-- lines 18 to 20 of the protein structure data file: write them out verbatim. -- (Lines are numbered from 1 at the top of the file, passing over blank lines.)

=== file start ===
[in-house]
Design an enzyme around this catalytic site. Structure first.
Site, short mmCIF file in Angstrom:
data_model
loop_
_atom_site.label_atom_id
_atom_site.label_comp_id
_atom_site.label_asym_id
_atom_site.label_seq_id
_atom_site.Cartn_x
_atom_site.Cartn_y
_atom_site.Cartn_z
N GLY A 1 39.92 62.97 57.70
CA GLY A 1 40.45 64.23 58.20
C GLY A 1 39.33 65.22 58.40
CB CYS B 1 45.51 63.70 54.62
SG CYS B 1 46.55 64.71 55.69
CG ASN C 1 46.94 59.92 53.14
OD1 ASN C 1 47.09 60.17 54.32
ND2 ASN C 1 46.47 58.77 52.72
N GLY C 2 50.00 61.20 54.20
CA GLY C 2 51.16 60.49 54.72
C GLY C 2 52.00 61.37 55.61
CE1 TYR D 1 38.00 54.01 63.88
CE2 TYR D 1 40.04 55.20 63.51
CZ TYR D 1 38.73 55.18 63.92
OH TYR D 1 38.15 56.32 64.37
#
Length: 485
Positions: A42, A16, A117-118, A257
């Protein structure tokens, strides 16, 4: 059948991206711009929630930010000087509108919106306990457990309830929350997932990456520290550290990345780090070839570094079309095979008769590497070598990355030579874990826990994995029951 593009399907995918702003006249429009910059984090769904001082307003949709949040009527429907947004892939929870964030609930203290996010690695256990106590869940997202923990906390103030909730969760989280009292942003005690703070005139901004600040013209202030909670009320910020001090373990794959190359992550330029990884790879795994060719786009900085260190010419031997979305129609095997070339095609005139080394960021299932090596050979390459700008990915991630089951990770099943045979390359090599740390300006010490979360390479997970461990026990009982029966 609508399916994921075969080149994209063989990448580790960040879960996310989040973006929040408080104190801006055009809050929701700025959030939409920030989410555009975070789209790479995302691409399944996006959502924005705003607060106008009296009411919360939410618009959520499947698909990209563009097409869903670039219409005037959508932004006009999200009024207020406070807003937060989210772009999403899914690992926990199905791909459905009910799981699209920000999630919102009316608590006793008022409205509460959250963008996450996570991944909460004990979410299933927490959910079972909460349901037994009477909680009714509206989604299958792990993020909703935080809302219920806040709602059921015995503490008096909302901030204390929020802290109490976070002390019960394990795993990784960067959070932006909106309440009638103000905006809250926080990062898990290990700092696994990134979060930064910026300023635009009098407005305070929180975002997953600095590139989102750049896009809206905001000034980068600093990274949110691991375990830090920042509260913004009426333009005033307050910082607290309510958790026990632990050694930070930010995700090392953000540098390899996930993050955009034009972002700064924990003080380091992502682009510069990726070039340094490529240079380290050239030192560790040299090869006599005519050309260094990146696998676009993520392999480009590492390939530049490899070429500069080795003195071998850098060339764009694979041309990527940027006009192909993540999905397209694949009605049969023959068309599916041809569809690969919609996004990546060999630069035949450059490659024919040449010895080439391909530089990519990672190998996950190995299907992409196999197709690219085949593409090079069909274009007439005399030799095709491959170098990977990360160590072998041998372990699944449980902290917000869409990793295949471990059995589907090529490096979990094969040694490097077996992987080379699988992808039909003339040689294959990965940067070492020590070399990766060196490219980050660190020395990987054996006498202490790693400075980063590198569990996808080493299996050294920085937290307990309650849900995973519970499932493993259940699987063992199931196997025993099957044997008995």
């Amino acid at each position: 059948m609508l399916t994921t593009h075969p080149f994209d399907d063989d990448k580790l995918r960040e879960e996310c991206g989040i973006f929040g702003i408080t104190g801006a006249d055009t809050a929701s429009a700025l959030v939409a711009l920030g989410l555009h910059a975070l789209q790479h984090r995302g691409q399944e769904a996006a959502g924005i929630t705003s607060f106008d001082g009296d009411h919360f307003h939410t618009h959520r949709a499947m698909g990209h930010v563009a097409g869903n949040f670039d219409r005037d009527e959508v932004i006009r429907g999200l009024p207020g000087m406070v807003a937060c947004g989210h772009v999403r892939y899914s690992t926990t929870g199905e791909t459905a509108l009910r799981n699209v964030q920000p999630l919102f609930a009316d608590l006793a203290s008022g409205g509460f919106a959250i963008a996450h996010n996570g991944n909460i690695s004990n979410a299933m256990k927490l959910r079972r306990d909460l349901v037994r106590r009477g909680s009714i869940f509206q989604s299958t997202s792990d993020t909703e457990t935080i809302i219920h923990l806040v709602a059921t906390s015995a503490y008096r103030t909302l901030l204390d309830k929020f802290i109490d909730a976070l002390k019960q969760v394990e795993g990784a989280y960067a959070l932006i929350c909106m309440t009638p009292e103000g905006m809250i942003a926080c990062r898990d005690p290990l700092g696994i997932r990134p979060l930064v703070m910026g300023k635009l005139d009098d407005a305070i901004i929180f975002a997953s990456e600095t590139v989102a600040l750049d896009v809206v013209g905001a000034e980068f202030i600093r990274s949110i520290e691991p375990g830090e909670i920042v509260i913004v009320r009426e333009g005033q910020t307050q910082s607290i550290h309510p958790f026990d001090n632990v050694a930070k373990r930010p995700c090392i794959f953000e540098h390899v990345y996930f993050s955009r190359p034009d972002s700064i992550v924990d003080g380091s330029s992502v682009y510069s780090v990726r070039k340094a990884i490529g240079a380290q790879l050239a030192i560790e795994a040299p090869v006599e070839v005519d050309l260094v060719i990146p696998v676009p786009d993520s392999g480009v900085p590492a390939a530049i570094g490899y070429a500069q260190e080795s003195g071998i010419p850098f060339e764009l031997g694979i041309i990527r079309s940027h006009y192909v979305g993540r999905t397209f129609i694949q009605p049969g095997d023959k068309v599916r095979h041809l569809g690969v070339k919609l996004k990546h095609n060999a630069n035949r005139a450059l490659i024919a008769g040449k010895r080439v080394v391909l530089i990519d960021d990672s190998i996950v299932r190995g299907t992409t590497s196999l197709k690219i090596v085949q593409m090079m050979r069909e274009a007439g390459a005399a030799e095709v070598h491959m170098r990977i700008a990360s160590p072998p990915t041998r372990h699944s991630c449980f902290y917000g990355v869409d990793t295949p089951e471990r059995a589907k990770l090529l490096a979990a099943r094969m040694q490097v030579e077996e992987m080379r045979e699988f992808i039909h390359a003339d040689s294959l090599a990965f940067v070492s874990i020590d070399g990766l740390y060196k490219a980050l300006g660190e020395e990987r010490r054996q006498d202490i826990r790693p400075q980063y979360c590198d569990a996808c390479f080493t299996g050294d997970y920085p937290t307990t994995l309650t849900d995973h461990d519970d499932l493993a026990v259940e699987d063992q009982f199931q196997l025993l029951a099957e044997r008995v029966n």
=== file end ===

CG ASN C 1 46.94 59.92 53.14
OD1 ASN C 1 47.09 60.17 54.32
ND2 ASN C 1 46.47 58.77 52.72